Saturday, September 25, 2004

Fund-raiser accused
of rigging contracts

A contractor says he made
contributions to get
government work

City prosecutors alleged that a key political fund-raiser and longtime ally of former Gov. Ben Cayetano solicited political contributions from a local engineer in exchange for government contracts.

During a hearing in state District Court yesterday, Deputy Prosecutor Randal Lee said local engineer George Nishimura, who pleaded no contest to making an illegal contribution to Mayor Jeremy Harris' campaign, recently told investigators that political fund-raiser Dennis Mitsunaga "was instrumental in securing state and city jobs" for him.

The disclosure represents the first acknowledgment by a local contractor that he made political contributions to get government work.

Nishimura, president of the local structural engineering firm of Nishimura, Katayama & Oki, made no comment as he left the courtroom. His lawyer Dwight Tanaka also had no comment.

Attorneys for the Harris campaign have denied any link between political contributions and the awards of city contracts.

Michael J. Green, Mitsunaga's attorney, said his client has been around politics for many years and as a result has become a target of "all kinds of innuendo."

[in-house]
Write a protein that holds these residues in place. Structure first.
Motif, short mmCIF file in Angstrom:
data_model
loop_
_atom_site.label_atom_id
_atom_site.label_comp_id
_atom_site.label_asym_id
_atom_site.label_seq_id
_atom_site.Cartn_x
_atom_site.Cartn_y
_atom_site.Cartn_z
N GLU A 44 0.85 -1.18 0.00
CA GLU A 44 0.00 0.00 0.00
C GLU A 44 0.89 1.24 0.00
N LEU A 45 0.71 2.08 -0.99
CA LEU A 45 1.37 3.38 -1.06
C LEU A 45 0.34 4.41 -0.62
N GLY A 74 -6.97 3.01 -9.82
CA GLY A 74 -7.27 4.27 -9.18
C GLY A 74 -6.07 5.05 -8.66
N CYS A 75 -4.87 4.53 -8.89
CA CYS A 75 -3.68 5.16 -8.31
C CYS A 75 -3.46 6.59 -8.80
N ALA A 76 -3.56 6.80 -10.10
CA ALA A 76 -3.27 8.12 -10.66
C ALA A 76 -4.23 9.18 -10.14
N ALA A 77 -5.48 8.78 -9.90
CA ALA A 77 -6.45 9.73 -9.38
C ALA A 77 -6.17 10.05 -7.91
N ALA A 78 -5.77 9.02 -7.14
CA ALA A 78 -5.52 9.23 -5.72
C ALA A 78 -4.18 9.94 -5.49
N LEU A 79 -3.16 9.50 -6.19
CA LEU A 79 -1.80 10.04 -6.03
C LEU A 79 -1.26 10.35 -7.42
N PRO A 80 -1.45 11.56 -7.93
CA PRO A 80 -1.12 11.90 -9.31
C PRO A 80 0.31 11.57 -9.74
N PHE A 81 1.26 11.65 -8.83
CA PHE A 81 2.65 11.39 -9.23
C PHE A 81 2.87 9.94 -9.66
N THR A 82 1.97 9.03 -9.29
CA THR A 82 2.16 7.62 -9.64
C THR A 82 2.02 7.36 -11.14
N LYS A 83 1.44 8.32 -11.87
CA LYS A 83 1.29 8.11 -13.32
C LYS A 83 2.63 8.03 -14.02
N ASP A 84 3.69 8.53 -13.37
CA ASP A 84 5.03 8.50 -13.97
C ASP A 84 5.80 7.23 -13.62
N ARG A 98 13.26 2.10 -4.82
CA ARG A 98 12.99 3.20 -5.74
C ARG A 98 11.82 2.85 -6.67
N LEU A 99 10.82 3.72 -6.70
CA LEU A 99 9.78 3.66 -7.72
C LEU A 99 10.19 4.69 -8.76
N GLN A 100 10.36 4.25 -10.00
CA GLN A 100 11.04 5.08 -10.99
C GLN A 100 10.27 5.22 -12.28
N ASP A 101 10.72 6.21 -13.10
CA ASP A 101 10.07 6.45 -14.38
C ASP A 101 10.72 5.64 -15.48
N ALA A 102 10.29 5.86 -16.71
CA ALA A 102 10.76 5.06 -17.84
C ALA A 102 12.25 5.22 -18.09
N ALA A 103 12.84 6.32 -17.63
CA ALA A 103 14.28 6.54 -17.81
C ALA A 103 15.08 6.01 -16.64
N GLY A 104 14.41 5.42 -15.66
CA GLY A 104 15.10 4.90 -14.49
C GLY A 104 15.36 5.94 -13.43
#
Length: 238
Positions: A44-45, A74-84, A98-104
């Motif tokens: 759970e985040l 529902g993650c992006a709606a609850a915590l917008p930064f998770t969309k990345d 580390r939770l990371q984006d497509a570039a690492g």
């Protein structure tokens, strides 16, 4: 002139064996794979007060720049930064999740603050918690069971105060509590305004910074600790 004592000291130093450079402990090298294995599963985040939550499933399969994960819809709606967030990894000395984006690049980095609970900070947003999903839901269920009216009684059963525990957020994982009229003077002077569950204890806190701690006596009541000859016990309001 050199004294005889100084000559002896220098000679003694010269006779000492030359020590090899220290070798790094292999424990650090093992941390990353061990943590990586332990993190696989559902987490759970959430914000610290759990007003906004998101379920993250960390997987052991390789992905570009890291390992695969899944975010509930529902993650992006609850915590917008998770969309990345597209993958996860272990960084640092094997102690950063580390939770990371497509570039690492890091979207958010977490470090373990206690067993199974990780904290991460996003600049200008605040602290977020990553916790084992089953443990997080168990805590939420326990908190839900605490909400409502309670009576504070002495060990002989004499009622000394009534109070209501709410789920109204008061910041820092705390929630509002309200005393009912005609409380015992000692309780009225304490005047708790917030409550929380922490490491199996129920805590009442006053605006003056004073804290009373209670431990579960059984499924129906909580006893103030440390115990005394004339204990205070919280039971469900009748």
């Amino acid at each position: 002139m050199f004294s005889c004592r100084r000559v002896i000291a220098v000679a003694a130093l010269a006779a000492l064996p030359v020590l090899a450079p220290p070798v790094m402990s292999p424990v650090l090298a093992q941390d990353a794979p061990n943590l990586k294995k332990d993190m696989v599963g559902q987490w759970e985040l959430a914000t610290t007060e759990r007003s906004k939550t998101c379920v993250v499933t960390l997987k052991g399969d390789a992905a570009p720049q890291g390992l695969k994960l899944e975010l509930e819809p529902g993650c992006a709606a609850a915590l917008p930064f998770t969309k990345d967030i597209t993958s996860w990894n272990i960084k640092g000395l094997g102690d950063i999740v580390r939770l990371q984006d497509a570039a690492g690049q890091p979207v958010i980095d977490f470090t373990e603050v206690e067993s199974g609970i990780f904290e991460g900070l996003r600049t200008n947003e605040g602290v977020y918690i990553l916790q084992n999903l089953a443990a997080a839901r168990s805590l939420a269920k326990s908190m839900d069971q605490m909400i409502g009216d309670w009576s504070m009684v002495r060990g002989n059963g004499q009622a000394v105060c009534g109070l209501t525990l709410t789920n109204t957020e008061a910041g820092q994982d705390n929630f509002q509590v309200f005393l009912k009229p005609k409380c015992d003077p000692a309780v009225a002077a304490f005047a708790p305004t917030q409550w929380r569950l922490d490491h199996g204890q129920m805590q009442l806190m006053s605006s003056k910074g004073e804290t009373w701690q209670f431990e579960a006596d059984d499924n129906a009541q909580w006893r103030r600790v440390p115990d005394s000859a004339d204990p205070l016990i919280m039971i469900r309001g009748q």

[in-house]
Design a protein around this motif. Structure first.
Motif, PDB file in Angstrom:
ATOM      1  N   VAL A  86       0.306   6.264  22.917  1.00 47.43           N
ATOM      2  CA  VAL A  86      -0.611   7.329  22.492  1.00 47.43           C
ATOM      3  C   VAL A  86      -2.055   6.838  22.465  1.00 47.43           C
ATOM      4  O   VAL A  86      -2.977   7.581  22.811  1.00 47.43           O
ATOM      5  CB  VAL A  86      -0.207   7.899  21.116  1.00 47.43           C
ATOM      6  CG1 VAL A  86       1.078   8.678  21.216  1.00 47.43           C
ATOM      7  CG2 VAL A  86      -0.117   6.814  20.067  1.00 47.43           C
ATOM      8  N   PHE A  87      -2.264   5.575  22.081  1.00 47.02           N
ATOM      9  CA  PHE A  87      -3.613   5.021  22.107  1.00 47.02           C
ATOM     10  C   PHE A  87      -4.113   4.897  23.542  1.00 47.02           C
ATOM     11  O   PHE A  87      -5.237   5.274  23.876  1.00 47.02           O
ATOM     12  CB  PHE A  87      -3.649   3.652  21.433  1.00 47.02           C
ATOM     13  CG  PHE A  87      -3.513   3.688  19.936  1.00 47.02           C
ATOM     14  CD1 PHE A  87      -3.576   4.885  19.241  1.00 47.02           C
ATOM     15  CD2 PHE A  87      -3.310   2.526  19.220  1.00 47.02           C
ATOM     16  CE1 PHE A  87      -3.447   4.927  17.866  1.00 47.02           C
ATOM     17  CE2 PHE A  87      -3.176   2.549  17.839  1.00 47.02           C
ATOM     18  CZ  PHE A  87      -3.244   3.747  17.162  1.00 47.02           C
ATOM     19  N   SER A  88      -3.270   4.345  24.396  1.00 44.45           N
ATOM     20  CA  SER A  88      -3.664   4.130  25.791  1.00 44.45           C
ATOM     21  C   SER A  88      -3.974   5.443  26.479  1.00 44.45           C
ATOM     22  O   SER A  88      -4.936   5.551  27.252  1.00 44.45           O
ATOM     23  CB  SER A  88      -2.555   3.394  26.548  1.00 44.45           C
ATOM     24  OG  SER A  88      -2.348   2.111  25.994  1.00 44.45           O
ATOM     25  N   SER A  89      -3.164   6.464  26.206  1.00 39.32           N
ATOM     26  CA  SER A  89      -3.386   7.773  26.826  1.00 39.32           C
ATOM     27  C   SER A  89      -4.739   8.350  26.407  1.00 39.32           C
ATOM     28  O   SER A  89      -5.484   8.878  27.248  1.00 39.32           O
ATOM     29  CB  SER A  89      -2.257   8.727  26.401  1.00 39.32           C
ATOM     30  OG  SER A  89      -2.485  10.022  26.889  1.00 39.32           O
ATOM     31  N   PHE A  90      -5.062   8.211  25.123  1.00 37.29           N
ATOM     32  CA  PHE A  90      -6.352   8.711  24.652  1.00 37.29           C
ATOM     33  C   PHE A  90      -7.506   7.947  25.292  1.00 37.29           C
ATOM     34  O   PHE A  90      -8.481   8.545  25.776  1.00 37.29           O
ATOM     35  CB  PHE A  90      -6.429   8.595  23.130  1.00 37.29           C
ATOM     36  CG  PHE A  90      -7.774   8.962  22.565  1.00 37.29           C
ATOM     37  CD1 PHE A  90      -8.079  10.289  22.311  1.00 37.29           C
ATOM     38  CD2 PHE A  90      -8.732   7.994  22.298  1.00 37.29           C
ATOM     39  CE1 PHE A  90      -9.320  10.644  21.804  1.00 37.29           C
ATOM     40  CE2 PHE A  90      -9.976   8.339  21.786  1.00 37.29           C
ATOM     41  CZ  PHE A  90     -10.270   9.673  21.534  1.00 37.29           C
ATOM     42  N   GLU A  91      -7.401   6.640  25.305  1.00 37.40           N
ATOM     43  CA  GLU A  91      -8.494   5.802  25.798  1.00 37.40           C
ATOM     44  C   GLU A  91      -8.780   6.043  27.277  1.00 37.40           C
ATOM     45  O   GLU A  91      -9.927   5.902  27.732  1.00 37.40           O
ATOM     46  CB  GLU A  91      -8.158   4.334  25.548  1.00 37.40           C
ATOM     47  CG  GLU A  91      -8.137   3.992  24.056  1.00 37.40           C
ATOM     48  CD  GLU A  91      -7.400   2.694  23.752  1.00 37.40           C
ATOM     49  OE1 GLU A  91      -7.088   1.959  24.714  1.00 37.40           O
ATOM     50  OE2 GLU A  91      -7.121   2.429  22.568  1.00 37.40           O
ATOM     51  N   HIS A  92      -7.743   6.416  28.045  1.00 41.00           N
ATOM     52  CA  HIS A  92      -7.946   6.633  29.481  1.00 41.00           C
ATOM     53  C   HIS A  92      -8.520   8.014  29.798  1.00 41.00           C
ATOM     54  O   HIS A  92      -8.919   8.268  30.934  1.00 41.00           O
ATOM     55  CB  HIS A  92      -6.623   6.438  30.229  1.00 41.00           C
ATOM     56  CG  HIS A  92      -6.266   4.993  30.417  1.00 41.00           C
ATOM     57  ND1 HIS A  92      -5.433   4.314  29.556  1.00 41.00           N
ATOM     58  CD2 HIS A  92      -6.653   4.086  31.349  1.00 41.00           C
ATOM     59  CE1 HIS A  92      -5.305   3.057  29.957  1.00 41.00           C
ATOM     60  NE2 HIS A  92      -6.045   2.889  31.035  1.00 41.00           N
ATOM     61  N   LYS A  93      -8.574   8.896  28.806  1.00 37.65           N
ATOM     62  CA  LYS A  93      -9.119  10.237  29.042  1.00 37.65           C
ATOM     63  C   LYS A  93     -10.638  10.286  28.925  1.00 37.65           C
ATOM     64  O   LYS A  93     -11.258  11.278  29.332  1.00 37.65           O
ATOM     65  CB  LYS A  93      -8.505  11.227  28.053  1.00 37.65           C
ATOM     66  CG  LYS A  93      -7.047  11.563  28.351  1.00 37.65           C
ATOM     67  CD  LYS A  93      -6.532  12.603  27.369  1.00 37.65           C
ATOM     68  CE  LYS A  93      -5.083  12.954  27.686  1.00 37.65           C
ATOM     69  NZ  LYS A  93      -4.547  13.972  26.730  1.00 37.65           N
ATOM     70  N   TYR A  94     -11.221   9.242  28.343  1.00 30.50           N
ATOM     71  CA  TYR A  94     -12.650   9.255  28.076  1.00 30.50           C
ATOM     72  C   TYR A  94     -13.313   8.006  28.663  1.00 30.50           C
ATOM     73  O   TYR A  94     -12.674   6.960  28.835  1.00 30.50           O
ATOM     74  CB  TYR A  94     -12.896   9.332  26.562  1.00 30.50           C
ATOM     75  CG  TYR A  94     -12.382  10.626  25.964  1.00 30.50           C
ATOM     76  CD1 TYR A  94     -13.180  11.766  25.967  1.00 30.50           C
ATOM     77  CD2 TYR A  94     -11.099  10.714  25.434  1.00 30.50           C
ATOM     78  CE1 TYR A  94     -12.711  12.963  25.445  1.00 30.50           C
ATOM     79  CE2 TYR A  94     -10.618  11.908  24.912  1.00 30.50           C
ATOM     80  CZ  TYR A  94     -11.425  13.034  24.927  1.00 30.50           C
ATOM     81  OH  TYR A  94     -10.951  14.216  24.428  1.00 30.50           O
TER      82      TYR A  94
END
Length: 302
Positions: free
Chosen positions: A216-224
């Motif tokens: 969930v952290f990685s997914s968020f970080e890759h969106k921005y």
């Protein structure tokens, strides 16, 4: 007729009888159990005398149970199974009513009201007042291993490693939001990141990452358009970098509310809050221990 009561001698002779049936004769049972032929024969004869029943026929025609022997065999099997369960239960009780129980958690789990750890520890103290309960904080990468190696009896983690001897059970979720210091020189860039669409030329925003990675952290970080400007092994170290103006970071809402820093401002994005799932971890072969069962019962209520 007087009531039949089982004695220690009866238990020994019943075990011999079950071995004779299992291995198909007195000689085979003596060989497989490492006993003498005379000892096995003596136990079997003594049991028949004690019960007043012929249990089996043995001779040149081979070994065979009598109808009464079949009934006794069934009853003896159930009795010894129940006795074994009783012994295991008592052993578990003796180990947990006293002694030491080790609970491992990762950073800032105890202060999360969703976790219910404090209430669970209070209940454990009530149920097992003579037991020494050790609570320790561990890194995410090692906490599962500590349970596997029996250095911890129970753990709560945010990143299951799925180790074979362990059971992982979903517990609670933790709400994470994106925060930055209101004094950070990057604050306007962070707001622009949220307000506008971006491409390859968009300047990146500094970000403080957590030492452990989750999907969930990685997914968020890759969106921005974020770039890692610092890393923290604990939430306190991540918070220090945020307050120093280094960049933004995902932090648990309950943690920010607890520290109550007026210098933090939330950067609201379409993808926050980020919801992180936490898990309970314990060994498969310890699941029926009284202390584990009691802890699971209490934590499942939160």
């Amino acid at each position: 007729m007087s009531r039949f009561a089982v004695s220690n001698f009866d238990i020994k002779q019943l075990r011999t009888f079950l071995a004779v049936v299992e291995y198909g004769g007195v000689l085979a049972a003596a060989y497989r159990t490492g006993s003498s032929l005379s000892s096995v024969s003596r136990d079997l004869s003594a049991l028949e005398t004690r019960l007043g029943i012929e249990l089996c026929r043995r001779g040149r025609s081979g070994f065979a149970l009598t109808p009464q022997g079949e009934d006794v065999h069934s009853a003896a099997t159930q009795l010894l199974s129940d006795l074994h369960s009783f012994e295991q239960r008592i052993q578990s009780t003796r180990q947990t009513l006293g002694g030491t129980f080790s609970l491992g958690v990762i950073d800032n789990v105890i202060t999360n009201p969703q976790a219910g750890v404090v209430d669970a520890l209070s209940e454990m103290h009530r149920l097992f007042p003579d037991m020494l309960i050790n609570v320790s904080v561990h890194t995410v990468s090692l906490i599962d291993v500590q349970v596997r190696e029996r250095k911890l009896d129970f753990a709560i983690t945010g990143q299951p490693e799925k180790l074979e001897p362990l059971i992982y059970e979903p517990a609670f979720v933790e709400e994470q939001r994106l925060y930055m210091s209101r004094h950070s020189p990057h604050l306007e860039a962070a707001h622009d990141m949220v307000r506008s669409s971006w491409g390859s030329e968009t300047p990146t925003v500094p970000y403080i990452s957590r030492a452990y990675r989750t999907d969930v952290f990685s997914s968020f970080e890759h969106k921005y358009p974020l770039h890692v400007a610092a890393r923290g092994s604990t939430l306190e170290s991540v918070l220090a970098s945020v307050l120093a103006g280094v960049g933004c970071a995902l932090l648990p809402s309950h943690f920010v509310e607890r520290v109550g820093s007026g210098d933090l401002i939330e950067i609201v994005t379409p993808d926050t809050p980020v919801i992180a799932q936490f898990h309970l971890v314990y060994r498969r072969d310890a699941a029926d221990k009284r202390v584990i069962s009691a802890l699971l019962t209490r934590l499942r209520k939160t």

Green said Mitsunaga hasn't spoken to Nishimura in nearly 10 years. Green said he was concerned that somebody may have improperly used Mitsunaga's name to solicit Nishimura for a contribution.

Mitsunaga, who heads the engineering firm of Mitsunaga & Associates, has been a fund-raiser for the campaigns of Harris, Cayetano and ex-Maui Mayor James "Kimo" Apana. He also raised $35,000 for nonprofit groups such as the Friends of the City & County of Honolulu and the Environmental Foundation, which support Harris' initiatives.

Earlier this month, prosecutors filed misdemeanor charges against Mitsunaga's brother, local architect Dwight Mitsunaga, for allegedly making illegal political contributions to the Harris campaign.

Both Dwight and Dennis Mitsunaga are targets of a separate, civil investigation by the state Campaign Spending Commission.

Lee's comments came during arraignment for Nishimura, who pleaded no contest to charges that he made a political contribution to the Harris campaign under a false name and exceeded the $4,000 campaign donation limit for the mayor's race.

District Judge Lono Lee ordered Nishimura to pay $2,000 for the misdemeanor violations but granted the engineer a deferral, which allows his criminal case to be dismissed if he stays out of trouble for a year. The deferral came after prosecutors said Nishimura cooperated fully with their investigation.



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